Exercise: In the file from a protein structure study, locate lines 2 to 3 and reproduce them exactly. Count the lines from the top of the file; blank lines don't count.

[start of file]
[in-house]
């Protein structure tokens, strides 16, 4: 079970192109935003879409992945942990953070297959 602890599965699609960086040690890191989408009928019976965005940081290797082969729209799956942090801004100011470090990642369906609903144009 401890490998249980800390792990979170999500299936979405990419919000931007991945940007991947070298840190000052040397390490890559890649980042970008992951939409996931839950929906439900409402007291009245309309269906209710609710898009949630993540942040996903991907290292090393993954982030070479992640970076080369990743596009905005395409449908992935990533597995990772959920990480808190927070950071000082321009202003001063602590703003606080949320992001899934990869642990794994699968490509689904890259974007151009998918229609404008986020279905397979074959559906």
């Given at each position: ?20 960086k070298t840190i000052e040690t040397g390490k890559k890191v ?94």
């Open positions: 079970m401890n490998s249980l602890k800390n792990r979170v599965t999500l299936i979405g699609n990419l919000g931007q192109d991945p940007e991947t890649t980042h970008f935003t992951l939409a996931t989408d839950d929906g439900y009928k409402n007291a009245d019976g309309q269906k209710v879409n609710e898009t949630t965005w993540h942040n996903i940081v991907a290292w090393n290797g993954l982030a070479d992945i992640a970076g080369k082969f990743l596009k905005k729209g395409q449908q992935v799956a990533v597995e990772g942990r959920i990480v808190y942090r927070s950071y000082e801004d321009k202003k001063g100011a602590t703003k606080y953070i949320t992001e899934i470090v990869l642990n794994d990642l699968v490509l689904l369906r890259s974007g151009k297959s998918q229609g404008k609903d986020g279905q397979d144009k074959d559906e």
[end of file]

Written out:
């Protein structure tokens, strides 16, 4: 079970192109935003879409992945942990953070297959 602890599965699609960086040690890191989408009928019976965005940081290797082969729209799956942090801004100011470090990642369906609903144009 401890490998249980800390792990979170999500299936979405990419919000931007991945940007991947070298840190000052040397390490890559890649980042970008992951939409996931839950929906439900409402007291009245309309269906209710609710898009949630993540942040996903991907290292090393993954982030070479992640970076080369990743596009905005395409449908992935990533597995990772959920990480808190927070950071000082321009202003001063602590703003606080949320992001899934990869642990794994699968490509689904890259974007151009998918229609404008986020279905397979074959559906």
């Given at each position: ?20 960086k070298t840190i000052e040690t040397g390490k890559k890191v ?94």